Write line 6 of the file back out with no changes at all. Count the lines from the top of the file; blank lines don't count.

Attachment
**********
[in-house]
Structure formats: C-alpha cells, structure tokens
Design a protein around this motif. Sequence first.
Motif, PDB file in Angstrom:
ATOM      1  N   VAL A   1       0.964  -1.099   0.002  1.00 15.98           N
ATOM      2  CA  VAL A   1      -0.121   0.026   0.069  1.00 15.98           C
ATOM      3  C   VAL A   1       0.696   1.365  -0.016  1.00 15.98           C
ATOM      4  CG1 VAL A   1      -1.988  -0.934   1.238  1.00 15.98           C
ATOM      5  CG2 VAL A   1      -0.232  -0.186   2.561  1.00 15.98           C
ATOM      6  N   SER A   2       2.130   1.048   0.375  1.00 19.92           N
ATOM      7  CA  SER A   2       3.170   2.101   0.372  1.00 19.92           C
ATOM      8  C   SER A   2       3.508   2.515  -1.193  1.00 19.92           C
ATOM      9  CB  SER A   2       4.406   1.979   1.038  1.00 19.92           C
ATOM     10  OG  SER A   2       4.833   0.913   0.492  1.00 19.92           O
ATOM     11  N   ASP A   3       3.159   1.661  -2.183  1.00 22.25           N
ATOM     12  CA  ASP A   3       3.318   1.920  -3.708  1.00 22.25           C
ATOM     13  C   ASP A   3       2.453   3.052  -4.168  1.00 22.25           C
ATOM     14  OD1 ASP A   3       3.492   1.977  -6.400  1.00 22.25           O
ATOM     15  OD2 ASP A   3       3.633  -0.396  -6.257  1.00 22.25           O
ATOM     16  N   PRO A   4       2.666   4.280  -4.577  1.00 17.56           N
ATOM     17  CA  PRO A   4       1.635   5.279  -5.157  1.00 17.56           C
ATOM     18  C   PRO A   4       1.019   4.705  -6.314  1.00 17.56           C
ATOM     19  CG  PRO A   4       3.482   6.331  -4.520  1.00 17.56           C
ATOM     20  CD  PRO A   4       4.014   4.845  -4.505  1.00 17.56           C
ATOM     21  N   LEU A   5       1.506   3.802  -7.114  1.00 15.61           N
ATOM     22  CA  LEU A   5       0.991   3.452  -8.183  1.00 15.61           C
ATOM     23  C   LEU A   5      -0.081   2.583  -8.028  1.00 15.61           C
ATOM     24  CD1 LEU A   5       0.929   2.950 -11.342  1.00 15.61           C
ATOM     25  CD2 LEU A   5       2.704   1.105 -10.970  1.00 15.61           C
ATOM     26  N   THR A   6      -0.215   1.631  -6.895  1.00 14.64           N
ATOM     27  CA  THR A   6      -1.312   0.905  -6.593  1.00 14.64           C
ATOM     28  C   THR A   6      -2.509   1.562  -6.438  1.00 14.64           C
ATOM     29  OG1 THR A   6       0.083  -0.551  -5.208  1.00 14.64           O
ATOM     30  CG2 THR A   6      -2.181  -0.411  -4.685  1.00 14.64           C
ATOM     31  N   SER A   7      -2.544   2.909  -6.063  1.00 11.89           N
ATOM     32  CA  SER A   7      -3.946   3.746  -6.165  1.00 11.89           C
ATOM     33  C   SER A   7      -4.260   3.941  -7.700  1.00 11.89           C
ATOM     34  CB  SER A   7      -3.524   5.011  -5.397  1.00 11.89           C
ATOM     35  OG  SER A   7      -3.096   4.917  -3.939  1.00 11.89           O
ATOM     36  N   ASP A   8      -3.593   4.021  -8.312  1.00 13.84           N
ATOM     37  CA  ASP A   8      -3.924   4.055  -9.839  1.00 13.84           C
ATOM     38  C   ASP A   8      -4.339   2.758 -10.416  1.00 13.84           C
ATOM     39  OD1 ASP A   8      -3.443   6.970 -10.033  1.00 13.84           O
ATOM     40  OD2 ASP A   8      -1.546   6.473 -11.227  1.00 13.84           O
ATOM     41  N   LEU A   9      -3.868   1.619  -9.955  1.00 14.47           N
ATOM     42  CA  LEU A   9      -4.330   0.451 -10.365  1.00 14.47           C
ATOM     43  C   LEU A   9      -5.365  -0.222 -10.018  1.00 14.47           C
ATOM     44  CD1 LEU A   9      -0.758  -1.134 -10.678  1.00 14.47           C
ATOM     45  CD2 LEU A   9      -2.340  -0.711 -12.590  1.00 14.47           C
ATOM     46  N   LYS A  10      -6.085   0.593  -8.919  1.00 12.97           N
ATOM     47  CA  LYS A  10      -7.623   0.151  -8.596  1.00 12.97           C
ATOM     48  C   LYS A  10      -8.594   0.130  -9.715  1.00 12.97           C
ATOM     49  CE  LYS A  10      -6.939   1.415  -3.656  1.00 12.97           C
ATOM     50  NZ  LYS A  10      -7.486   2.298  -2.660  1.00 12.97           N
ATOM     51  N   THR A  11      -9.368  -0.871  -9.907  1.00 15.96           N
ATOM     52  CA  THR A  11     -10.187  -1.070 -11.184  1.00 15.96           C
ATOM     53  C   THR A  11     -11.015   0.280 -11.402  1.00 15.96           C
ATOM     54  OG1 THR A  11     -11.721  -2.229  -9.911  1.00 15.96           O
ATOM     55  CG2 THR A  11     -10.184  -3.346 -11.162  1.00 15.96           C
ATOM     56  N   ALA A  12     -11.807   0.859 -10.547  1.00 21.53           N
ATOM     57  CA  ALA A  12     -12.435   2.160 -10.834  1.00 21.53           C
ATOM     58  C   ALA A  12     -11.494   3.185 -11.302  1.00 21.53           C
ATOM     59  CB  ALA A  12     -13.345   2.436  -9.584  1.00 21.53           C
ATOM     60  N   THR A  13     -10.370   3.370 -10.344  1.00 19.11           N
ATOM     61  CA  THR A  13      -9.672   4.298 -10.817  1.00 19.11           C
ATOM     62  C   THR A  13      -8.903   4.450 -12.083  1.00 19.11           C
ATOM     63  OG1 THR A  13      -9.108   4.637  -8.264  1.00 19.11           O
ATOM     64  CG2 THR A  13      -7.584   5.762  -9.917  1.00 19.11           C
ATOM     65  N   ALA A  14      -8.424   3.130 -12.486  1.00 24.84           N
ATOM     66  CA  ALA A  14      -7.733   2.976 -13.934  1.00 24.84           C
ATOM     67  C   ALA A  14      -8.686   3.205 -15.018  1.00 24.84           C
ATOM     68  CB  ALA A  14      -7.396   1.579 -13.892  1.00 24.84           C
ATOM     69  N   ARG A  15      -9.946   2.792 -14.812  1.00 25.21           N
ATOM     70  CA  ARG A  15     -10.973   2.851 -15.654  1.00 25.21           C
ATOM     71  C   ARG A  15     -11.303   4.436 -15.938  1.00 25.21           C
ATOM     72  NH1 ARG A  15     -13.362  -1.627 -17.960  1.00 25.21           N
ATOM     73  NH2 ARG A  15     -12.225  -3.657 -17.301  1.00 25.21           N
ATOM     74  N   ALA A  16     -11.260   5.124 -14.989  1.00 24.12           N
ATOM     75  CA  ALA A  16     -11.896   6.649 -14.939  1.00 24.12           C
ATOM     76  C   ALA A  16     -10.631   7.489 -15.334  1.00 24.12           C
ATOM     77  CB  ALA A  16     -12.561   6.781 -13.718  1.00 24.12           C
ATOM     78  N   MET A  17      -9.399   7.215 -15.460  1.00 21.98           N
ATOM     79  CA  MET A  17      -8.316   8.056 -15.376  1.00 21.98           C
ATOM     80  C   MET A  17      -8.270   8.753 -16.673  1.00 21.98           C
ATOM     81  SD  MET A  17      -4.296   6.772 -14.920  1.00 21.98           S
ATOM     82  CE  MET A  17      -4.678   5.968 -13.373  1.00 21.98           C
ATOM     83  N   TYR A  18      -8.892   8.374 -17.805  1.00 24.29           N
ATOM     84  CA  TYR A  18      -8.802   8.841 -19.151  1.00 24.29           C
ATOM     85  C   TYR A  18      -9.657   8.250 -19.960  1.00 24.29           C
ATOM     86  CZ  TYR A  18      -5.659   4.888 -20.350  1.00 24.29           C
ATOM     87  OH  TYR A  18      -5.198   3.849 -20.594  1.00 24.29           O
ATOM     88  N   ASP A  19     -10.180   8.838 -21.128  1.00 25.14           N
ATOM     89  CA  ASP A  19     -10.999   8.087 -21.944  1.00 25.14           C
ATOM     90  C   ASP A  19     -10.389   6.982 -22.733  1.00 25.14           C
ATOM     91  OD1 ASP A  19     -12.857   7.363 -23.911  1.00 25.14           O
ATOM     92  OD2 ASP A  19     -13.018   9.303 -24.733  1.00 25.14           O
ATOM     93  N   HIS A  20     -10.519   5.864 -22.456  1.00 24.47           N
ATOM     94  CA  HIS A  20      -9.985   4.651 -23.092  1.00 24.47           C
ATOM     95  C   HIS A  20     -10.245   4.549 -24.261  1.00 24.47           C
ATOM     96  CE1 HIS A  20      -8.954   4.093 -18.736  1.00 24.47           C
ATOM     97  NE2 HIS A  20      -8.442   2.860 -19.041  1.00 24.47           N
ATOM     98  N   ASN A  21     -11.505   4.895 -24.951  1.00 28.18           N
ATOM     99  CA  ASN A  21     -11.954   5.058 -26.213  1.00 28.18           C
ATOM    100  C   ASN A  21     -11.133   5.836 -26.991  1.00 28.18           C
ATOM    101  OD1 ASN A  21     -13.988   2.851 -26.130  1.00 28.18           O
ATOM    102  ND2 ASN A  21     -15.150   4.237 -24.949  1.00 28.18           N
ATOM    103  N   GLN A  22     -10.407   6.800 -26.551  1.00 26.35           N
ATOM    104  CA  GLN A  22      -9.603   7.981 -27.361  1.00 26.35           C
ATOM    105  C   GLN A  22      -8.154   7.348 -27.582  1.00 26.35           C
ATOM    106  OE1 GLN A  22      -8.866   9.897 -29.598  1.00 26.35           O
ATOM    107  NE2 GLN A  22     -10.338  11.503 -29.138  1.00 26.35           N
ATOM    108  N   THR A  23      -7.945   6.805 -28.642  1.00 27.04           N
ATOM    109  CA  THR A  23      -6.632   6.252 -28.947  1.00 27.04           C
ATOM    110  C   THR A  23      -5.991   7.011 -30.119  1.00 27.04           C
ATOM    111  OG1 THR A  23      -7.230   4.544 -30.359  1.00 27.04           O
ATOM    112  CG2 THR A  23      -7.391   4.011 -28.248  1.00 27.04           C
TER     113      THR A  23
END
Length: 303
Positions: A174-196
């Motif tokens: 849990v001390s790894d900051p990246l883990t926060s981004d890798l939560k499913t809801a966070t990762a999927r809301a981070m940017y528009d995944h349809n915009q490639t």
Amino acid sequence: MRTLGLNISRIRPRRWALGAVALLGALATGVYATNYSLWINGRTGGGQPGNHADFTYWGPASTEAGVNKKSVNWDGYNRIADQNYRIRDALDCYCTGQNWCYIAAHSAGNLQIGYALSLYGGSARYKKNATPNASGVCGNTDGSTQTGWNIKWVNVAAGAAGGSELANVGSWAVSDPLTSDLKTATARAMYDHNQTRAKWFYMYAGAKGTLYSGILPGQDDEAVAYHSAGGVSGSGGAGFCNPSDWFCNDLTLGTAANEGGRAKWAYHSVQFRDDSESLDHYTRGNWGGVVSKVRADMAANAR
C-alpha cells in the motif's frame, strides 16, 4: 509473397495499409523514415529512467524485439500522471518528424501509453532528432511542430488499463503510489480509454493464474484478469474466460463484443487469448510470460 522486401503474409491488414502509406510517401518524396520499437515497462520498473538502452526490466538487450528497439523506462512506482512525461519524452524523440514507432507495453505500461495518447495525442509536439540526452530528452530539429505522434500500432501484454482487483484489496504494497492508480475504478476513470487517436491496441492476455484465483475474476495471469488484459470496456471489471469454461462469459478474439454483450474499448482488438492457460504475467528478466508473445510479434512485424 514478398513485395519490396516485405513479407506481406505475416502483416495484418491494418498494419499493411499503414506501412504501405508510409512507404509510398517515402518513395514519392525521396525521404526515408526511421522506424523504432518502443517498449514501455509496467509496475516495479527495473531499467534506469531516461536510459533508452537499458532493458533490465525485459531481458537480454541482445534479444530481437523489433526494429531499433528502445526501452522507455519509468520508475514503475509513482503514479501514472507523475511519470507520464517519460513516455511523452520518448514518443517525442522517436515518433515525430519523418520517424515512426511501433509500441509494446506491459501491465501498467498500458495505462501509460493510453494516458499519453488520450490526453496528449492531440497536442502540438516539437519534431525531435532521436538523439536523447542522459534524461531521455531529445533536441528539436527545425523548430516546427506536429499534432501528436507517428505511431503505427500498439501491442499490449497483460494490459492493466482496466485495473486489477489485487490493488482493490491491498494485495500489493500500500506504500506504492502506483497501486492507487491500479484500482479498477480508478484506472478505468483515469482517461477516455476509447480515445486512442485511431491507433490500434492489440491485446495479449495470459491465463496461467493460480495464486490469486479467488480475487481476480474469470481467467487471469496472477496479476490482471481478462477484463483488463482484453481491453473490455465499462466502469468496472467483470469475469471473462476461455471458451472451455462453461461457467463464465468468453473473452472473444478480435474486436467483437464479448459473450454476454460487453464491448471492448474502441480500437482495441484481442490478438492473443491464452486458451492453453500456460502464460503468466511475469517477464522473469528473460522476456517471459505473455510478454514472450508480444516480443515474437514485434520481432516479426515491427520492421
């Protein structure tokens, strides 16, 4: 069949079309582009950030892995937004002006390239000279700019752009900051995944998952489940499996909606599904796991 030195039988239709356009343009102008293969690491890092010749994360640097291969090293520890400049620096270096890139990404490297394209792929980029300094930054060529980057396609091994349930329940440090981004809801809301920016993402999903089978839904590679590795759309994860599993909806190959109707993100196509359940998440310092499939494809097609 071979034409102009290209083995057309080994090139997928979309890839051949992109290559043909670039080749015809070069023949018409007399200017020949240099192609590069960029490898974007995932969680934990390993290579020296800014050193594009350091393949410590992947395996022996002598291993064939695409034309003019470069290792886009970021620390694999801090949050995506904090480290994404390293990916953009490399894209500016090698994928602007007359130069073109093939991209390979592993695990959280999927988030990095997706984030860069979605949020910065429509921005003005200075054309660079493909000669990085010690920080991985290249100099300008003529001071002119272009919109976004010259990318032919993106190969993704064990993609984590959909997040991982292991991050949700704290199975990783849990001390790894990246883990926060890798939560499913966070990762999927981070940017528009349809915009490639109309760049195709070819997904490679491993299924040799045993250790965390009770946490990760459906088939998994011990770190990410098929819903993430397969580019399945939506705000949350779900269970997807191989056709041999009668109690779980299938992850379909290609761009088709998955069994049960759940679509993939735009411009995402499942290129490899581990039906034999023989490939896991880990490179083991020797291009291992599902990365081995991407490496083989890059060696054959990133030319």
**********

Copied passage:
ATOM      2  CA  VAL A   1      -0.121   0.026   0.069  1.00 15.98           C